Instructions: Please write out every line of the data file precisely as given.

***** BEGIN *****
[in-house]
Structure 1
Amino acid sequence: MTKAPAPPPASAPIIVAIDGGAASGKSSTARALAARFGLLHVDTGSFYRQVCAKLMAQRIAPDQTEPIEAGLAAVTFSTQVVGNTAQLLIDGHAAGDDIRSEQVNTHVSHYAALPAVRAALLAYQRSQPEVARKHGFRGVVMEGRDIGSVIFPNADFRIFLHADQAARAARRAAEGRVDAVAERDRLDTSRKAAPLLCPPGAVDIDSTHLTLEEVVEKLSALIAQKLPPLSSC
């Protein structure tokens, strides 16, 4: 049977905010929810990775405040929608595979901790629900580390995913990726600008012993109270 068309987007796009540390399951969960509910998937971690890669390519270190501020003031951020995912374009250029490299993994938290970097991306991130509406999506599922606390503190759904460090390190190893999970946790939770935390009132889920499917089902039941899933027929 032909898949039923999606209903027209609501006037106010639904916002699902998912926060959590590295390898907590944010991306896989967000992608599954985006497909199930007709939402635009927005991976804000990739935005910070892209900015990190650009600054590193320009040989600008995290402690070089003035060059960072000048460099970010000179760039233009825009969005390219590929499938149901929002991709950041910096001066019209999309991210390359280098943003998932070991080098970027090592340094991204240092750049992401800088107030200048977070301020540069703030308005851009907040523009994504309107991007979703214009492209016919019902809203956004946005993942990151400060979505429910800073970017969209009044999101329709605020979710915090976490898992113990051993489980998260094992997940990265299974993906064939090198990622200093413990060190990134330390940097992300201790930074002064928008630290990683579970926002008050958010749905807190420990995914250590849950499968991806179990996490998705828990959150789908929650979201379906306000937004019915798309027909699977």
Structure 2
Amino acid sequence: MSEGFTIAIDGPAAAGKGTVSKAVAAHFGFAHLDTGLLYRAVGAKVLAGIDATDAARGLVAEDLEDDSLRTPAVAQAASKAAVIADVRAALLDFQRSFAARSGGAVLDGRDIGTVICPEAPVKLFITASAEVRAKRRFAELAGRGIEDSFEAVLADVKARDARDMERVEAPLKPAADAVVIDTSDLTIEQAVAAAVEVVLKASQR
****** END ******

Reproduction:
[in-house]
Structure 1
Amino acid sequence: MTKAPAPPPASAPIIVAIDGGAASGKSSTARALAARFGLLHVDTGSFYRQVCAKLMAQRIAPDQTEPIEAGLAAVTFSTQVVGNTAQLLIDGHAAGDDIRSEQVNTHVSHYAALPAVRAALLAYQRSQPEVARKHGFRGVVMEGRDIGSVIFPNADFRIFLHADQAARAARRAAEGRVDAVAERDRLDTSRKAAPLLCPPGAVDIDSTHLTLEEVVEKLSALIAQKLPPLSSC
């Protein structure tokens, strides 16, 4: 049977905010929810990775405040929608595979901790629900580390995913990726600008012993109270 068309987007796009540390399951969960509910998937971690890669390519270190501020003031951020995912374009250029490299993994938290970097991306991130509406999506599922606390503190759904460090390190190893999970946790939770935390009132889920499917089902039941899933027929 032909898949039923999606209903027209609501006037106010639904916002699902998912926060959590590295390898907590944010991306896989967000992608599954985006497909199930007709939402635009927005991976804000990739935005910070892209900015990190650009600054590193320009040989600008995290402690070089003035060059960072000048460099970010000179760039233009825009969005390219590929499938149901929002991709950041910096001066019209999309991210390359280098943003998932070991080098970027090592340094991204240092750049992401800088107030200048977070301020540069703030308005851009907040523009994504309107991007979703214009492209016919019902809203956004946005993942990151400060979505429910800073970017969209009044999101329709605020979710915090976490898992113990051993489980998260094992997940990265299974993906064939090198990622200093413990060190990134330390940097992300201790930074002064928008630290990683579970926002008050958010749905807190420990995914250590849950499968991806179990996490998705828990959150789908929650979201379906306000937004019915798309027909699977």
Structure 2
Amino acid sequence: MSEGFTIAIDGPAAAGKGTVSKAVAAHFGFAHLDTGLLYRAVGAKVLAGIDATDAARGLVAEDLEDDSLRTPAVAQAASKAAVIADVRAALLDFQRSFAARSGGAVLDGRDIGTVICPEAPVKLFITASAEVRAKRRFAELAGRGIEDSFEAVLADVKARDARDMERVEAPLKPAADAVVIDTSDLTIEQAVAAAVEVVLKASQR